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Bessa R

After the recent, sharp increase in my interest in street photography, and after the interesting posts about the Leica for a year proposition on The Online Photographer, I started thinking more and more about getting an interchangeable lens rangefinder.

Of course it couldn’t be a Leica, despite the tantalizing logic of the Leica for a year idea, because (1) I don’t think I need to a Leica for its educational value; what will it really teach me that I can’t learn from my Koni-Omega? and (2) there’s no way I would be able to sell it at the end of the year, which undermines a key point of that tantalizing logic. I know me; I don’t like to part with gear.

But the idea of a system rangefinder remained compelling, because while I love my Koni-Omega and my Olympus XA, neither is very good for low-light work. The Koni-Omega lacks fast lenses, and the XA’s fulltime aperture priority and maximum 800 ISO metering make it great for moderate low light conditions but terrible for really dark situations.

There are some good fixed-lens rangefinders with faster lenses and manual control, but I wanted the ability to swap lenses and add in a second body later if it really clicked for me. I also didn’t want a FSU rangefinder, because I wanted something reliable and with straightforward operation. With those criteria and my persistent cheap-skatiness, the best option was a used early Bessa. What I settled on was a Bessa R which came with a 35mm f/1.7 Ultron.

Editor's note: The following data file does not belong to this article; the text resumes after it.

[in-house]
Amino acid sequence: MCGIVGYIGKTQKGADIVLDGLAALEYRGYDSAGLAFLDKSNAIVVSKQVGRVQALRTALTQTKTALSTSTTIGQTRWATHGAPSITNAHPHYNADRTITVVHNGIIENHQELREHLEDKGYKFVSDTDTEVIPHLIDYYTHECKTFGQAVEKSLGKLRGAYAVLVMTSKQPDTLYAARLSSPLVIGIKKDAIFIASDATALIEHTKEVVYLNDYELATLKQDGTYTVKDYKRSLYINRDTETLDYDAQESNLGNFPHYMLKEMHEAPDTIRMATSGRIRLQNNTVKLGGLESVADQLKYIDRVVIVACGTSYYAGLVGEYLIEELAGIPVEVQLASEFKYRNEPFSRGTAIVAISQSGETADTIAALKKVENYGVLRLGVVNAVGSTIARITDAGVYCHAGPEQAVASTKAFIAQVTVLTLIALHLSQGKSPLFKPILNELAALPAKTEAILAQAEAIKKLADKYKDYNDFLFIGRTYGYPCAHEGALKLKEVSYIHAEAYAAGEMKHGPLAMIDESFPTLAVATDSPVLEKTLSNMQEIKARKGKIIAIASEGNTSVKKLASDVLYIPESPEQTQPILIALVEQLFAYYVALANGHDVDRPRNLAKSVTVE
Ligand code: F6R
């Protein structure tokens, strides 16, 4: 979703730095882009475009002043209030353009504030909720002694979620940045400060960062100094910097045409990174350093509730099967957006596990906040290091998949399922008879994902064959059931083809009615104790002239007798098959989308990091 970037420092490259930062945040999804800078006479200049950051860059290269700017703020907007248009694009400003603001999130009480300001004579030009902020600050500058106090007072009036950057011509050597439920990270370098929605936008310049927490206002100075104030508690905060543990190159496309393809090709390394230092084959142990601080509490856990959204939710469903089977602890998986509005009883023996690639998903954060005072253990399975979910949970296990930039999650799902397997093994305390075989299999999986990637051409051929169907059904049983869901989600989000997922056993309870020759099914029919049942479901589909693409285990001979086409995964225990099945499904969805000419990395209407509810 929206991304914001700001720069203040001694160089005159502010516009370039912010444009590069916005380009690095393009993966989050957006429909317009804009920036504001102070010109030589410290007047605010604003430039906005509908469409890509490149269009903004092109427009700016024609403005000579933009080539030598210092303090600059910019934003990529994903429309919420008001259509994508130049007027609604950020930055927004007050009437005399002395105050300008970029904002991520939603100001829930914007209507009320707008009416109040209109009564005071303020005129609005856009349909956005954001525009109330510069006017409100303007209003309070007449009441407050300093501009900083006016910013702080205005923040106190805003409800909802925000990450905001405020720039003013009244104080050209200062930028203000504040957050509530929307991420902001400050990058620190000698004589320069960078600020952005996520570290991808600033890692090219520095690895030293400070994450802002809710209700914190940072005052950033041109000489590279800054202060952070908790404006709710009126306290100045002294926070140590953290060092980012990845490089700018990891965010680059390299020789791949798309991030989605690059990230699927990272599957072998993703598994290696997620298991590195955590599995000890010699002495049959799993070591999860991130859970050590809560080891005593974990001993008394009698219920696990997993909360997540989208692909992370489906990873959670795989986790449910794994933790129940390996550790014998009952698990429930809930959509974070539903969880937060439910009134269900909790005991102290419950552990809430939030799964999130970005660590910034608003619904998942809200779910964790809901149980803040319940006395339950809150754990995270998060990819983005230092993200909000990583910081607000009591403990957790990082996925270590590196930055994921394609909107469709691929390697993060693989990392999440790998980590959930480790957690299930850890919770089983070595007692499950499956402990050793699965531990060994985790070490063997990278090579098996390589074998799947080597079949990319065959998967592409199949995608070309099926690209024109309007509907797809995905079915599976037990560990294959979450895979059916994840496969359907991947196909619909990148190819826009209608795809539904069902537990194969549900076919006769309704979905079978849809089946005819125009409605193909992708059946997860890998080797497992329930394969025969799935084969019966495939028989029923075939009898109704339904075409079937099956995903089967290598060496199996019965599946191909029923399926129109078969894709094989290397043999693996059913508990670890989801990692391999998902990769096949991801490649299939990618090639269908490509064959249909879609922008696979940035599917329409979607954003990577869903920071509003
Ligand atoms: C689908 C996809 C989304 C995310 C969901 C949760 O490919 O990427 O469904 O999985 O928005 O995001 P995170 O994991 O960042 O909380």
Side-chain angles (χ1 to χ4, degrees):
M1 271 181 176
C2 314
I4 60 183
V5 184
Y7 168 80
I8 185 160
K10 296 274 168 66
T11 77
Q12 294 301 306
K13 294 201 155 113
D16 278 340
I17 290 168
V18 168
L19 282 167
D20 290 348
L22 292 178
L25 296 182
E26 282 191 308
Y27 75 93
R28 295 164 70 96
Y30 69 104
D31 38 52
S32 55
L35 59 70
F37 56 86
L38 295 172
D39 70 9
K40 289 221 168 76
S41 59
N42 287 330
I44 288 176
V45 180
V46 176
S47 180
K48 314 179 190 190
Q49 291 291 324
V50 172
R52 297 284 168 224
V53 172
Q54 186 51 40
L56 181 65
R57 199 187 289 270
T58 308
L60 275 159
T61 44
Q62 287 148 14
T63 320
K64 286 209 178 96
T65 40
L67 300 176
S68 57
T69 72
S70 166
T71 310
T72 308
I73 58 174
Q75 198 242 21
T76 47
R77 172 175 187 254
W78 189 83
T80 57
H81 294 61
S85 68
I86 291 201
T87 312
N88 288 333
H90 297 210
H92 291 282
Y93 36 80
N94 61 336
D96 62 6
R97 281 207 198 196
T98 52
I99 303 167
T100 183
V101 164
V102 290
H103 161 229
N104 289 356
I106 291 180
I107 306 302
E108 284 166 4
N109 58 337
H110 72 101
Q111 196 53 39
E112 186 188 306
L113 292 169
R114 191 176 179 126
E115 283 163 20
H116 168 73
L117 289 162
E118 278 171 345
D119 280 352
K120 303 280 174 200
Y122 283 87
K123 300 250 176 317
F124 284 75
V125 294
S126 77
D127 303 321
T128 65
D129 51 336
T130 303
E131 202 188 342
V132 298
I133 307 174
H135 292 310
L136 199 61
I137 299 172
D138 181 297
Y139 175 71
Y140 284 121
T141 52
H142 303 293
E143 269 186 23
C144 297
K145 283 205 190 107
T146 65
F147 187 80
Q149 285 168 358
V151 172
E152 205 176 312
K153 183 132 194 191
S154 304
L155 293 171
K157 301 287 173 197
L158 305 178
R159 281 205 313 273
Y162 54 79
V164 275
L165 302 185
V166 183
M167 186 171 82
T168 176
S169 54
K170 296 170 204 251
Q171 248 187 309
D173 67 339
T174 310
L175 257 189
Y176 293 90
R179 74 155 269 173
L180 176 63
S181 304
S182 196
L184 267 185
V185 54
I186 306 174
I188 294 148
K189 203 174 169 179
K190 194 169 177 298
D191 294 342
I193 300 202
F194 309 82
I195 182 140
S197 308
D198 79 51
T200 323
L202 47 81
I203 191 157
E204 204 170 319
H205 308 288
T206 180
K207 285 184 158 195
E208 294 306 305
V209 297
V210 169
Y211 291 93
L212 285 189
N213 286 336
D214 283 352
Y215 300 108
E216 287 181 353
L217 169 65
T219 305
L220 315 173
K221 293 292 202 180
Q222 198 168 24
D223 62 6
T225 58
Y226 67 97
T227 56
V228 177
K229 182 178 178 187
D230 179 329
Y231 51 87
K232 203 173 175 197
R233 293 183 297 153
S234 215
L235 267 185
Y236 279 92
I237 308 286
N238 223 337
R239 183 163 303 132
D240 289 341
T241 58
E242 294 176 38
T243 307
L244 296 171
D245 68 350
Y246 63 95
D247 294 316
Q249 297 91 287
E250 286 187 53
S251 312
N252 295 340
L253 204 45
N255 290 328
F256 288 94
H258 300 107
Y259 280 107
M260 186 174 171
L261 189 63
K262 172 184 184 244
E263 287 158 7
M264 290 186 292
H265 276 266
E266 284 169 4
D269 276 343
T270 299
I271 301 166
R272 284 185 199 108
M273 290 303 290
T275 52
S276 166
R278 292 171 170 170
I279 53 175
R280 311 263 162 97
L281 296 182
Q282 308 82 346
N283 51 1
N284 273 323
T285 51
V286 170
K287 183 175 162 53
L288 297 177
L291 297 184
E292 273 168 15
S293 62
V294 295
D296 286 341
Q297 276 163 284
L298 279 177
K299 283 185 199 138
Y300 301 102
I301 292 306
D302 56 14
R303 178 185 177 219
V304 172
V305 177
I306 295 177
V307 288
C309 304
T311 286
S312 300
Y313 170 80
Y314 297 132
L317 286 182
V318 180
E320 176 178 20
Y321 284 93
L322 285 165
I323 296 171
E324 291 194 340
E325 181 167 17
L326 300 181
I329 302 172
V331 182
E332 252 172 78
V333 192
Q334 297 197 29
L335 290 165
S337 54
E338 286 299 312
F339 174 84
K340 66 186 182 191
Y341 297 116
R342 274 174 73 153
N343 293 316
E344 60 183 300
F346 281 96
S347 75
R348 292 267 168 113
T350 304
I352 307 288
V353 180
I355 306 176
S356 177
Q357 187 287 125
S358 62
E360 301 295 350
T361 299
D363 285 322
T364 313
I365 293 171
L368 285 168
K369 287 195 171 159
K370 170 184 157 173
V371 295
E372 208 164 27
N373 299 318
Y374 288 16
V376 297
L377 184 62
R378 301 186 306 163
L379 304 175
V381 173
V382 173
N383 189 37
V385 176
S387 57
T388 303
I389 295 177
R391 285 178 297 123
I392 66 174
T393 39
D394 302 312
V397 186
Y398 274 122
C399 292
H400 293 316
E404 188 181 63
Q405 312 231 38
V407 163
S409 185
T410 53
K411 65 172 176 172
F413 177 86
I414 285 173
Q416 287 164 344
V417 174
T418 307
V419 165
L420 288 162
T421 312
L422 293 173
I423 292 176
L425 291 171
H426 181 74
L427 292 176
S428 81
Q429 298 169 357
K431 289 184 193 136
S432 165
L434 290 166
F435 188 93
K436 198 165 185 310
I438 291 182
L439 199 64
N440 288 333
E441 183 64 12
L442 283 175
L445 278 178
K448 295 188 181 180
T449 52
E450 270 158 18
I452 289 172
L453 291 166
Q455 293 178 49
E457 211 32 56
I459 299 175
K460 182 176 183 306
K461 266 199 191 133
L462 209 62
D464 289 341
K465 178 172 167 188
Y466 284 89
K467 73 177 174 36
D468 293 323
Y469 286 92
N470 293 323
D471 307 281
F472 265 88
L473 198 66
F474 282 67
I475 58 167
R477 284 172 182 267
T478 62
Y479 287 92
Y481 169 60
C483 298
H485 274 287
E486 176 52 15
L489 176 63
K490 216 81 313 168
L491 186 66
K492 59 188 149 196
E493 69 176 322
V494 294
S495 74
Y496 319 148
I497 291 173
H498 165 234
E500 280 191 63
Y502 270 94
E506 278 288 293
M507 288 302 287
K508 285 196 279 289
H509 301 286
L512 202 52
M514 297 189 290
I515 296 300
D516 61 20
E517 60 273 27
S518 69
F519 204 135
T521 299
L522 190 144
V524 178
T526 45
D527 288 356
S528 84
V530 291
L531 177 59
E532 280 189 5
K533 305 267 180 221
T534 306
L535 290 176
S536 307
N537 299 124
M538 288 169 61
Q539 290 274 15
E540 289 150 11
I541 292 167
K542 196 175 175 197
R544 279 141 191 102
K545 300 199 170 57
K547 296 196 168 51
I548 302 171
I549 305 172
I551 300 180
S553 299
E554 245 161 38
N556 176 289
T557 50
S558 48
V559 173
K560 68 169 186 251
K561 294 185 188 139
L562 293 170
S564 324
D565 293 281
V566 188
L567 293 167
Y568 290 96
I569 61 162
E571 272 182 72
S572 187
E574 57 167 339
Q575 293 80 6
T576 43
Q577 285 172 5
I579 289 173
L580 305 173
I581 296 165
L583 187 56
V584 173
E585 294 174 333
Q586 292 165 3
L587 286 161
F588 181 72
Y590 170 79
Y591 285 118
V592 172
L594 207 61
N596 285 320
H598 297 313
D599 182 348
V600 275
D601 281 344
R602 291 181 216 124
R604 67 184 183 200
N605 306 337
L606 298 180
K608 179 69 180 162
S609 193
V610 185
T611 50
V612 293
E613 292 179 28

Bessa-R

I haven’t used the camera much yet, but I’m quite happy with it so far.

It definitely has some odd quirks, some of which I feel comfortable identifying as design flaws — the shutter speed selector is a pain to access, because it’s obscured by the advance lever. Not impossible to get to, of course, and with the lever extended a bit, it’s not even an issue, but it’s not a very elegant design. The film rewind lever is sort of cleverly designed, but doesn’t feel very sturdy — although it’s the only aspect of the camera that strikes me that way; I was surprised by how solid most of it seems.

Also, the black rubbery plastic (or whatever) around the middle of the body has a slightly odd smell, which I got to know pretty well for a while, because I’m left-eyed. (I.e., my nose gets pressed up against the body, as with most of my cameras.) However, this seems to have largely dissipated now that the camera has been aired out.

Bessa-R v. Nikkormat

There are also some things that I really miss from my Nikkormat FT-2. When shooting 35mm film, I’m used to being able to look at the top of the camera to check my exposure without bringing the camera up to my eye — this is really convenient when I’m moving in and out of sun and shadow and I need to continually adjust the exposure. I miss that when working with the Bessa, and I also miss the positioning of the shutter speed selector on a ring around the lens, instead of on a dial at the top of the camera.

But despite the lack of those little flourishes, I was surprised at how solid and usable the camera feels. A lot of reviews point to its cheap plastic build quality — and yes, it’s inexpensive, and yes, there’s plastic in it, but it doesn’t feel shoddily made, by any means. Of course, most of those reviews were written by people who had used Leicas, and I never have, so I don’t have to worry about that particular comparison. : )

However, this is all basically tangential to what i really care about in this camera — which is fast focusing in low light conditions. In that regard, it’s fantastic. The viewfinder is bright, the rangefinder is easy to see in dim light, and it seems to focus quite positively.

I haven’t had a chance to use it all that much, yet. I’ve only put a roll and a half through it, and none of it’s exactly photographic genius, but it certainly works….

Bessa-R - First Roll

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